Once again creationists are trying to undermine science education in Texas. On Wednesday the Texas House Higher Education Committee will consider legislation that would bar the state’s colleges and universities from discriminating against or penalizing “in any manner” faculty members or students who engage in research on “intelligent design” — the name creationists have given to their pseudo-scientific attacks on evolution.
This isn’t the first time creationists have targeted the teaching of evolution in Texas colleges and universities. State Rep. Bill Zedler, R-Arlington, proposed the same bill in 2011. It never got a committee hearing. In 2008 the Institute for Creation Research in Dallas lost a bid to get the Texas Higher Education Coordinating Board to certify its master’s of science education degree program. The ICR then sued the state, but that went nowhere.
Now Rep. Zedler is back with his academic fraud protection legislation, House Bill 285. This year he’ll get his committee hearing. We have a briefing paper on HB 285 here, but the key points are the same as in 2011.… Read More
This time the Q&A for Barbara Cargill, the Texas State Board of Education (SBOE) chair, is administered by Texas Monthly. And just like her appearance before the Senate Nominations Committee last week (or before the Senate Education Committee the week before), I don’t think these answers are going to put to rest concern in the science community.
First off, Cargill has a hard time explaining what it was, exactly, she and the other creationists on the SBOE intended when they crammed buzzwords favored by “intelligent design” backers (terms such as “sudden appearance” and “stasis”) into the state’s public school science curriculum standards in 2009. And while Cargill is fond of touting her own credentials as a biology teacher, she’s a little fuzzy on how she would teach these concepts:
“Now remember, it’s been about 20 years since I’ve taught. I’m not sure some of these things had even been named yet. I’m pretty sure stasis is a little bit new. Oh, good heavenly days. Well, I can’t… Read More
At today’s Senate confirmation hearing on Barbara Cargill’s reappointment as State Board of Education chair, Texans got a chance to see two of their elected leaders vandalizing the concept of science education in public schools.
Speaking at a meeting of Senate Education Committee just two weeks ago, Cargill said she wants publishers to “soften” their language and “teach another side” on evolution in new science textbooks they submit to the state this year. As State Board of Education chair, she would oversee the approval of those textbooks. Then at her confirmation hearing before the Senate Nominations Committee today, Cargill said critics had taken her comments out of context. (More on that in an upcoming post.) She then assured the Nominations Committee that she does not support teaching creationism in public schools.
Cargill’s comments on evolution brought about a revealing exchange between her and state Sen. Donna Campbell, R-New Braunfels. Campbell, a Tea Party firebrand first elected to her seat last November, seemed stunned by the idea that public school science classes can’t teach creationism alongside evolution. Cargill, on the other hand, knows the courts would not permit that and fell back on the typical… Read More
We just got back from the Texas Senate Nominations Committee hearing on Barbara Cargill’s reappointment to another term as chair of the State Board of Education. We’ll have much more soon — including some alarming comments about science from both Cargill and at least one member of the Senate committee. Meanwhile, here’s the press release we just sent out.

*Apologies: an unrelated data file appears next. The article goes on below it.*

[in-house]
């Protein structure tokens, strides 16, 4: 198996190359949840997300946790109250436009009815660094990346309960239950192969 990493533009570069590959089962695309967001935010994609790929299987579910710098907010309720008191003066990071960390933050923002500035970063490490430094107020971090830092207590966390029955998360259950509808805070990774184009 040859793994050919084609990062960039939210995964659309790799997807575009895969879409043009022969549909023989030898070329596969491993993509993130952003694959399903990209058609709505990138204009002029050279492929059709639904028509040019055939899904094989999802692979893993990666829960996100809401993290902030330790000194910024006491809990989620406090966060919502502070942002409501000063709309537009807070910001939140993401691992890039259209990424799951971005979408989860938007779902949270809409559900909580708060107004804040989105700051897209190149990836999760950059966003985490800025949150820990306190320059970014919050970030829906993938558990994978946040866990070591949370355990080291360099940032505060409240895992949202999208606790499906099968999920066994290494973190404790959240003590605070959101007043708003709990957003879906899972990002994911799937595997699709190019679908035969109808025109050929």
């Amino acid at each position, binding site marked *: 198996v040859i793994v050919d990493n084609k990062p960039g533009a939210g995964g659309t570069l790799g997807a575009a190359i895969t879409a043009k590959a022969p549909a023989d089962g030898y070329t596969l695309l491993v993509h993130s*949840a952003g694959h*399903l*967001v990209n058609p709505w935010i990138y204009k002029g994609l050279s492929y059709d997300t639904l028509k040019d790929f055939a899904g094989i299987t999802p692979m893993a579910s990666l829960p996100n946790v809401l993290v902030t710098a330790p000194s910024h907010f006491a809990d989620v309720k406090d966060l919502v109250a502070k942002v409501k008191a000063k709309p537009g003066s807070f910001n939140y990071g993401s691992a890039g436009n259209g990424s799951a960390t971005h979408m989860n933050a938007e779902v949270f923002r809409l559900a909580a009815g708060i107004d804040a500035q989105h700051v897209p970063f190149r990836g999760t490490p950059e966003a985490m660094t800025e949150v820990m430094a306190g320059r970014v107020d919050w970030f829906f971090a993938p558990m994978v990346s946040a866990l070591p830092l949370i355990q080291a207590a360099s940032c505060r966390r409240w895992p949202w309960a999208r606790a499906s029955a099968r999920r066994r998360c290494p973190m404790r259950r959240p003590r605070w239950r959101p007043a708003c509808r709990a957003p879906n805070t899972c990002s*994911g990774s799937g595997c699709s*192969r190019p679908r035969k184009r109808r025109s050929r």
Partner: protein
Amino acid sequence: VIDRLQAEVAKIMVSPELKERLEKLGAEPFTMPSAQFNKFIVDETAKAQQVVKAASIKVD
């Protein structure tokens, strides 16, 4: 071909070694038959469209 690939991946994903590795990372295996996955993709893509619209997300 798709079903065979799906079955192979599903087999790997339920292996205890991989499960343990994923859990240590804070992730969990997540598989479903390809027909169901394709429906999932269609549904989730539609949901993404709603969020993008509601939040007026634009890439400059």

SBOE CHAIR’S SCIENCE COMMENTS AT HEARING HIGHLIGHT CONCERNS OVER HER APPOINTMENT
Cargill Claims to Oppose Teaching Creationism in Science Classrooms But Favors Creationist Arguments in Textbooks
FOR IMMEDIATE RELEASE February 11, 2013
Texas Freedom Network President Kathy Miller had this to say following today’s Senate Nominations Committee hearing on the reappointment of Barbara Cargill to another term as chair of the State Board of Education:
“The issue before the Senate is not Ms. Cargill’s religion. It’s whether the state board will be headed by someone who puts her own personal beliefs ahead of giving Texas children a 21st-century education. We simply can’t support the confirmation of a board chair who claims that she opposes teaching creationism in science classrooms but then insists, as she did again today, that textbooks include anti-evolution arguments that only creationists make and that… Read More
We told you this would happen.
In 2009, when the Texas State Board of Education adopted new science curriculum standards, we warned that creationists had inserted language they would later try to exploit to pressure publishers into including junk-science arguments against evolution in new textbooks. Barbara Cargill, the Republican state board chair from The Woodlands near Houston, showed last Thursday that we were right. Speaking at a Senate Education Committee hearing in Austin about CSCOPE, a curriculum management tool developed by Education Service Centers around the state and used by many school districts, Cargill said she thinks CSCOPE doesn’t conform to the science standards because it doesn’t teach “all sides” about evolution:
“Our intent, as far as theories with the [curriculum standards], was to teach all sides of scientific explanations…. But when I went on [to the CSCOPE website] last night, I couldn’t see anything that might be seen as another side to the theory of evolution. Every link, every lesson, everything, you know, was taught as ‘this is how the origin of life happened, this is what the fossil record proves,’ and all that’s fine, but that’s only one side.”
Cargill went on to… Read More